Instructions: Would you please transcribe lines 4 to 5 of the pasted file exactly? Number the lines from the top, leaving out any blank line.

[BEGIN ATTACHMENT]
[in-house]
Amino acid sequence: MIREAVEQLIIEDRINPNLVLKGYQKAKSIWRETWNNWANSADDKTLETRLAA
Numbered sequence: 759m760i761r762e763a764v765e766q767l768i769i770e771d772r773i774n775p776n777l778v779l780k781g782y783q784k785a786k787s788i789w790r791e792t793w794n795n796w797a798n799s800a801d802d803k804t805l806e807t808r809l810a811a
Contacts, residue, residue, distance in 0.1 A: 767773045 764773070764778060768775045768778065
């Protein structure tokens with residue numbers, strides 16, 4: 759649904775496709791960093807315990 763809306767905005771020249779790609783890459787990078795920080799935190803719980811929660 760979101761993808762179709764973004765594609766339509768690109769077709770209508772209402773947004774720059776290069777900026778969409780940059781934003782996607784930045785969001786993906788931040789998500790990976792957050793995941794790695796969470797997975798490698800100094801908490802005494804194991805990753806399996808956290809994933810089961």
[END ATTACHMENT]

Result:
Contacts, residue, residue, distance in 0.1 A: 767773045 764773070764778060768775045768778065
């Protein structure tokens with residue numbers, strides 16, 4: 759649904775496709791960093807315990 763809306767905005771020249779790609783890459787990078795920080799935190803719980811929660 760979101761993808762179709764973004765594609766339509768690109769077709770209508772209402773947004774720059776290069777900026778969409780940059781934003782996607784930045785969001786993906788931040789998500790990976792957050793995941794790695796969470797997975798490698800100094801908490802005494804194991805990753806399996808956290809994933810089961």